Foreign Minister Mevlüt Çavuşoğlu on Wednesday condemned all forms of terrorism and added that Turkey expects the same level of empathy.
Turkey condemns the killing of innocent people in France and Austria in "barbaric terrorist attacks" but also expects the "same empathy" from other nations over the killings of thousands of people by PKK terrorists, Çavuşoğlu stated, speaking at the 130th Session of the Committee of Ministers of the Council of Europe.
Turkey's top diplomat's comments come after a terrorist attack killed five people and injured 17 others in the Austrian capital Vienna on Monday.
In condemning the attack, Çavuşoğlu said "Terrorism is the common enemy of all humanity," and pointed out that international cooperation is required to eliminate that threat.
"Nothing can justify violence, let alone taking somebody's life," he added.
Human rights, democracy, the rule of law as well as the significance of multilateralism were among the issues discussed at the meeting held via videoconference due to the coronavirus pandemic.
Çavuşoğlu also said that freedom of speech is a vital pillar of democracy, but "defaming the most sacred values of any religion cannot be presented as freedom of speech."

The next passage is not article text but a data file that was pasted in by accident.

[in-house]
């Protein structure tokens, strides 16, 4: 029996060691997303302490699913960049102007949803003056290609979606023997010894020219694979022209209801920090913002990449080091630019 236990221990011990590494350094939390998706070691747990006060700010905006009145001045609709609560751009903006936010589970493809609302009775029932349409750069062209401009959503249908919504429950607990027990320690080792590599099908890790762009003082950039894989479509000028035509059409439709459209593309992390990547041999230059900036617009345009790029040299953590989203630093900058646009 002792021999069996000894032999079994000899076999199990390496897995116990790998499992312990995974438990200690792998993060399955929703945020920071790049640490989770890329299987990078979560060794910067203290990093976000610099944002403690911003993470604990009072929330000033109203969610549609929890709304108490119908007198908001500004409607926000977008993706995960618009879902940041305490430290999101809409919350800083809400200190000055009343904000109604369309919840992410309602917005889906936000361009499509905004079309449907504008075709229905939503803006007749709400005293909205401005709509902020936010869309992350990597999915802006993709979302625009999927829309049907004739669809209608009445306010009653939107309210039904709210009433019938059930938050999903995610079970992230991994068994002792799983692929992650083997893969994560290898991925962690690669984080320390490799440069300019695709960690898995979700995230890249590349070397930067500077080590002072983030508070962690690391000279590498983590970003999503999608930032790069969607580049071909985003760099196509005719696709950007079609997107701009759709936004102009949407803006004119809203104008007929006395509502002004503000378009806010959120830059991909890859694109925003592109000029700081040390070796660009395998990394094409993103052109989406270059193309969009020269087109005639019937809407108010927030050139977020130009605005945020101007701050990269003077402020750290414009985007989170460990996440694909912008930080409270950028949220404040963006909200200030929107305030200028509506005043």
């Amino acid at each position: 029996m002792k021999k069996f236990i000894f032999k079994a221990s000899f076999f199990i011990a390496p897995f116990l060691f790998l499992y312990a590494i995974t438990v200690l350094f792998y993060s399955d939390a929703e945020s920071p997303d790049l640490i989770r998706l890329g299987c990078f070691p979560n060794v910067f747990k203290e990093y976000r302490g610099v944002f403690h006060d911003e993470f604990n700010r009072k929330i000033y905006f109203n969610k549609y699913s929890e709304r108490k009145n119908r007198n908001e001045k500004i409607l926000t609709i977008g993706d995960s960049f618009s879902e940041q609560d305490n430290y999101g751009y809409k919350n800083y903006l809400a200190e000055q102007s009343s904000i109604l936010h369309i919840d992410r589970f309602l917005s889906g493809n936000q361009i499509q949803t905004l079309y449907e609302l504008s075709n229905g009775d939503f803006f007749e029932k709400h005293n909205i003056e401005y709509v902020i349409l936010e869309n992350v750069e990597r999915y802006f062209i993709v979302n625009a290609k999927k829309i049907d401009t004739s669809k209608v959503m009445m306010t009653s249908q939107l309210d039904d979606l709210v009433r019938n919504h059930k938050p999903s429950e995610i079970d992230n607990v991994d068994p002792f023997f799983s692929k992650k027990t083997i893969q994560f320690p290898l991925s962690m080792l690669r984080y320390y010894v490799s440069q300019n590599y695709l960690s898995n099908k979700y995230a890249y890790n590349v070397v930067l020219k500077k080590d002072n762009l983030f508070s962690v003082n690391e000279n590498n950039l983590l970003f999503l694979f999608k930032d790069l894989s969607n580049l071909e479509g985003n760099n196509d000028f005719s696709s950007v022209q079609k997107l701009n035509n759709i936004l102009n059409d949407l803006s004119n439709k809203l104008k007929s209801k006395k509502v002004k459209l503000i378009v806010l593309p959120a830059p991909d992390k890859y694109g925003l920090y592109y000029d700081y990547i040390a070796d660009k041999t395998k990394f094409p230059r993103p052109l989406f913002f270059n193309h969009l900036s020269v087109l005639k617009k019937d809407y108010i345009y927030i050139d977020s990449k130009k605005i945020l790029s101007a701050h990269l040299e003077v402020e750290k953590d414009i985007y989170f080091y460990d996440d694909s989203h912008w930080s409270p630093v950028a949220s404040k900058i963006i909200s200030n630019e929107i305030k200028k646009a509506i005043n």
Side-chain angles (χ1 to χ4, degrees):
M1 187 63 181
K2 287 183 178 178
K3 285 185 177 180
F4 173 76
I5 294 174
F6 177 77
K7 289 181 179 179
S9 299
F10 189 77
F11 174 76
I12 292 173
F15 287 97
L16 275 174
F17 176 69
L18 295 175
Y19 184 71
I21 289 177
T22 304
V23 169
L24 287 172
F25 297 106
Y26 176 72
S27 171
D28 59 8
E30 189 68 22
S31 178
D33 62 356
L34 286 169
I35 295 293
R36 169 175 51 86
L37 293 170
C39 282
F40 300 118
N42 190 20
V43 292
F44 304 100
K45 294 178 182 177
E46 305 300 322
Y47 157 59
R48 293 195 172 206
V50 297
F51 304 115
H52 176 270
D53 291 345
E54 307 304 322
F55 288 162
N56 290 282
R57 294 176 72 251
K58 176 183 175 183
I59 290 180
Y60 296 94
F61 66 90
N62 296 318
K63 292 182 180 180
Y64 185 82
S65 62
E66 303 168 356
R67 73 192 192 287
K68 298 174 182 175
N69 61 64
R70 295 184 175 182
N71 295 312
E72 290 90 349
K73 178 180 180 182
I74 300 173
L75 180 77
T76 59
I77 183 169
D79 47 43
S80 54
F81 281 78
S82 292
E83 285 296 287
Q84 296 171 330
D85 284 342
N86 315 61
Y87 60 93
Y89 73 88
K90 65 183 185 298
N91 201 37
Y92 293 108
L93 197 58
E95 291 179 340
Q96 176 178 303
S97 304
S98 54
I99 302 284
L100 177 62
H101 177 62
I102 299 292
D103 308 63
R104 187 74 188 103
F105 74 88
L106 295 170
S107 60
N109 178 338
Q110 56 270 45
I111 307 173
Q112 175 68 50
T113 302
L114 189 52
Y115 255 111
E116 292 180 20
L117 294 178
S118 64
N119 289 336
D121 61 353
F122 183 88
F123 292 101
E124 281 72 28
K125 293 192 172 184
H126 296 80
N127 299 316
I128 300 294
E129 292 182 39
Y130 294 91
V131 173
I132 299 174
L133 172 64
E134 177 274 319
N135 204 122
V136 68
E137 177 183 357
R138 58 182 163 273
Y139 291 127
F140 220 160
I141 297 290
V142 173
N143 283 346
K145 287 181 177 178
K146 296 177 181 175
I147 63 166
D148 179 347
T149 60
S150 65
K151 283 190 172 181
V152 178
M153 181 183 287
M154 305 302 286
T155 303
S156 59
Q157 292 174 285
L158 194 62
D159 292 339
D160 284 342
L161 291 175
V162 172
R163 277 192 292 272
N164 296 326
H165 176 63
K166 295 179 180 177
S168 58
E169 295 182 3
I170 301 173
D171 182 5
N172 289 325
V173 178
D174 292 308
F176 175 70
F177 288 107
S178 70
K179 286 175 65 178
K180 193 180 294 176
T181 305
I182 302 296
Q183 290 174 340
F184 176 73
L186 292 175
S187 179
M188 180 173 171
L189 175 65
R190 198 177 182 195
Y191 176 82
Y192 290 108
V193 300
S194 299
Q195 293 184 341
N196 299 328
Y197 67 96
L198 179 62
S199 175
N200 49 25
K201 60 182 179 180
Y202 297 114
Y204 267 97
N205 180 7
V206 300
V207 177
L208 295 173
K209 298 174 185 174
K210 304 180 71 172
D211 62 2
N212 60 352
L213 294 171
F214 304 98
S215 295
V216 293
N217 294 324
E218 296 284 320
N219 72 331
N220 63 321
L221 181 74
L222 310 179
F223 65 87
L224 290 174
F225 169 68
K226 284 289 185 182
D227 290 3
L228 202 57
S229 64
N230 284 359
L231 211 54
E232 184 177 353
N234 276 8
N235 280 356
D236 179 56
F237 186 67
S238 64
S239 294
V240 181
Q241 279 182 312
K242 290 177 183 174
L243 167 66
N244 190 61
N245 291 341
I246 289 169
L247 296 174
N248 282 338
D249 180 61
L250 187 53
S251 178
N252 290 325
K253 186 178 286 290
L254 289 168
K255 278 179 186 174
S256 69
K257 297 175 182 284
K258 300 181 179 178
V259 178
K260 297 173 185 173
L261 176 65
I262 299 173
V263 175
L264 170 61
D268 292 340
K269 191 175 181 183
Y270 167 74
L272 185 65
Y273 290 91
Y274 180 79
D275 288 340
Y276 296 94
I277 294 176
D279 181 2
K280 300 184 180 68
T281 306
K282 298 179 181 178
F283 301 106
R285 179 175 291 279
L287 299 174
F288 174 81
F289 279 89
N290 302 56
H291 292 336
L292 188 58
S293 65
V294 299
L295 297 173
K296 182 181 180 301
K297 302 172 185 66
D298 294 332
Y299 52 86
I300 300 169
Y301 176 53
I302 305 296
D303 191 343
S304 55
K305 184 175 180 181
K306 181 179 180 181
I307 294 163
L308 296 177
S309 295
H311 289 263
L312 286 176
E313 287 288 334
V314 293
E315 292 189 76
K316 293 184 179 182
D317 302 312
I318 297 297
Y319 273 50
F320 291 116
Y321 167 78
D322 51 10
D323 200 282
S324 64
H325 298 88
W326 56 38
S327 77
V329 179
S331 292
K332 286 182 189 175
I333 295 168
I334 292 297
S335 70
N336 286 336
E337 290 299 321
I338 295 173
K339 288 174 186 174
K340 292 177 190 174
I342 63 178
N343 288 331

Quoting the late French President Jacques Chirac's 2006 speech, Çavuşoğlu said, "The freedom of speech should be exercised in the spirit of responsibility."
Insisting on the opposite and projecting "unfortunate images" on public buildings in France or attempting to burn the Muslim holy book "will further deepen divisions within our societies and feed radicalism," he continued.
"We have to rediscover the culture of living together in Europe. And the Council of Europe should take the lead," he added.
The discussions surrounding freedom of speech were sparked after French President Emmanuel Macron last month described Islam as a religion "in crisis" worldwide.
Macron's Islamophobic remarks were met with outrage around the world as not only Muslims but also Christian communities raised their voices against the hate speech.
Macron in late October, again citing freedom of expression, said he would not prevent the publication of insulting cartoons depicting Prophet Muhammad.
The top Turkish diplomat also welcomed the appointment of the Council of Europe's Special Representative to combat anti-Semitic and anti-Muslim hate crimes.
"We hope that this, along with the valuable efforts of ECRI (European Commission against Racism and Intolerance), will help reverse the trend," he added.